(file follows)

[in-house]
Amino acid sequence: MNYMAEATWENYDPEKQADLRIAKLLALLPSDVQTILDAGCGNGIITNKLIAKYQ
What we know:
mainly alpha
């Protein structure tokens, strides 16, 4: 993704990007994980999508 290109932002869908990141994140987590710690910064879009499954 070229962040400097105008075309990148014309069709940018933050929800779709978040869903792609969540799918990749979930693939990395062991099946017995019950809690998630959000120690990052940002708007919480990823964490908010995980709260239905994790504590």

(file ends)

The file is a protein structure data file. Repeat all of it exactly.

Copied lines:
[in-house]
Amino acid sequence: MNYMAEATWENYDPEKQADLRIAKLLALLPSDVQTILDAGCGNGIITNKLIAKYQ
What we know:
mainly alpha
């Protein structure tokens, strides 16, 4: 993704990007994980999508 290109932002869908990141994140987590710690910064879009499954 070229962040400097105008075309990148014309069709940018933050929800779709978040869903792609969540799918990749979930693939990395062991099946017995019950809690998630959000120690990052940002708007919480990823964490908010995980709260239905994790504590």